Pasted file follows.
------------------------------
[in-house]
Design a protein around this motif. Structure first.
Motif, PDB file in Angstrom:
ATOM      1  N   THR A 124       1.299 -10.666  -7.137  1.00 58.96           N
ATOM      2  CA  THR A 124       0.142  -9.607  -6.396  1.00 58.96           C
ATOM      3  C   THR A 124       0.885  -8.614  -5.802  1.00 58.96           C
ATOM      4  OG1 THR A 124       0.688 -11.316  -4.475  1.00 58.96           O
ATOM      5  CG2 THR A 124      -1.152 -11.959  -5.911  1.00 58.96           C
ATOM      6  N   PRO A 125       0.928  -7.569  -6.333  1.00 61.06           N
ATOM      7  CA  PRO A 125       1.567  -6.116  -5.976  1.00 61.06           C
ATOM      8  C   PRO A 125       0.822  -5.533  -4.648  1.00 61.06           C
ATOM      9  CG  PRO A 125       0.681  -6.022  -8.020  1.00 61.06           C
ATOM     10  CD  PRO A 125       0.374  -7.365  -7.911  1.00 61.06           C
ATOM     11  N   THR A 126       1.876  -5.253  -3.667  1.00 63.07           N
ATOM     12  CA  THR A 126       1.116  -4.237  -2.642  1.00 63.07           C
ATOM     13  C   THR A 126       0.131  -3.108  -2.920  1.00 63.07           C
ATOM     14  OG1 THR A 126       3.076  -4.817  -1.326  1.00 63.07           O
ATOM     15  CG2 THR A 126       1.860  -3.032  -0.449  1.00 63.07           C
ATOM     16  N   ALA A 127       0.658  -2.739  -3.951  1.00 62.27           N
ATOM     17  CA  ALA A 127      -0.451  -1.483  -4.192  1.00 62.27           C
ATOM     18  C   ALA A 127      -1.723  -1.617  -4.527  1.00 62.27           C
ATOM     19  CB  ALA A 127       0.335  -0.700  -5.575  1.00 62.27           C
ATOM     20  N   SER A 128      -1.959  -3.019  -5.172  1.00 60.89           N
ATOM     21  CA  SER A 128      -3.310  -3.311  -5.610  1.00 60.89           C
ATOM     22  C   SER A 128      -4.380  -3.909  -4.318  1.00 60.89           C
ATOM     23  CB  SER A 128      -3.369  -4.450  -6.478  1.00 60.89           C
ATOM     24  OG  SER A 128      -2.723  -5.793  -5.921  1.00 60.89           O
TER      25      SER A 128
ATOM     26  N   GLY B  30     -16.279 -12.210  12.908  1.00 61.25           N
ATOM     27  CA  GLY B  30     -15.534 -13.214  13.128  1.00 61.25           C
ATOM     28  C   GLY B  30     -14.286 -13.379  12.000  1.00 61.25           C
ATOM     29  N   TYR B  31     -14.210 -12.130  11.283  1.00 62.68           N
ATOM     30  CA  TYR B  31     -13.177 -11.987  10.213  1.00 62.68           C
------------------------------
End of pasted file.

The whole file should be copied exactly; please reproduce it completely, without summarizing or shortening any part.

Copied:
[in-house]
Design a protein around this motif. Structure first.
Motif, PDB file in Angstrom:
ATOM      1  N   THR A 124       1.299 -10.666  -7.137  1.00 58.96           N
ATOM      2  CA  THR A 124       0.142  -9.607  -6.396  1.00 58.96           C
ATOM      3  C   THR A 124       0.885  -8.614  -5.802  1.00 58.96           C
ATOM      4  OG1 THR A 124       0.688 -11.316  -4.475  1.00 58.96           O
ATOM      5  CG2 THR A 124      -1.152 -11.959  -5.911  1.00 58.96           C
ATOM      6  N   PRO A 125       0.928  -7.569  -6.333  1.00 61.06           N
ATOM      7  CA  PRO A 125       1.567  -6.116  -5.976  1.00 61.06           C
ATOM      8  C   PRO A 125       0.822  -5.533  -4.648  1.00 61.06           C
ATOM      9  CG  PRO A 125       0.681  -6.022  -8.020  1.00 61.06           C
ATOM     10  CD  PRO A 125       0.374  -7.365  -7.911  1.00 61.06           C
ATOM     11  N   THR A 126       1.876  -5.253  -3.667  1.00 63.07           N
ATOM     12  CA  THR A 126       1.116  -4.237  -2.642  1.00 63.07           C
ATOM     13  C   THR A 126       0.131  -3.108  -2.920  1.00 63.07           C
ATOM     14  OG1 THR A 126       3.076  -4.817  -1.326  1.00 63.07           O
ATOM     15  CG2 THR A 126       1.860  -3.032  -0.449  1.00 63.07           C
ATOM     16  N   ALA A 127       0.658  -2.739  -3.951  1.00 62.27           N
ATOM     17  CA  ALA A 127      -0.451  -1.483  -4.192  1.00 62.27           C
ATOM     18  C   ALA A 127      -1.723  -1.617  -4.527  1.00 62.27           C
ATOM     19  CB  ALA A 127       0.335  -0.700  -5.575  1.00 62.27           C
ATOM     20  N   SER A 128      -1.959  -3.019  -5.172  1.00 60.89           N
ATOM     21  CA  SER A 128      -3.310  -3.311  -5.610  1.00 60.89           C
ATOM     22  C   SER A 128      -4.380  -3.909  -4.318  1.00 60.89           C
ATOM     23  CB  SER A 128      -3.369  -4.450  -6.478  1.00 60.89           C
ATOM     24  OG  SER A 128      -2.723  -5.793  -5.921  1.00 60.89           O
TER      25      SER A 128
ATOM     26  N   GLY B  30     -16.279 -12.210  12.908  1.00 61.25           N
ATOM     27  CA  GLY B  30     -15.534 -13.214  13.128  1.00 61.25           C
ATOM     28  C   GLY B  30     -14.286 -13.379  12.000  1.00 61.25           C
ATOM     29  N   TYR B  31     -14.210 -12.130  11.283  1.00 62.68           N
ATOM     30  CA  TYR B  31     -13.177 -11.987  10.213  1.00 62.68           C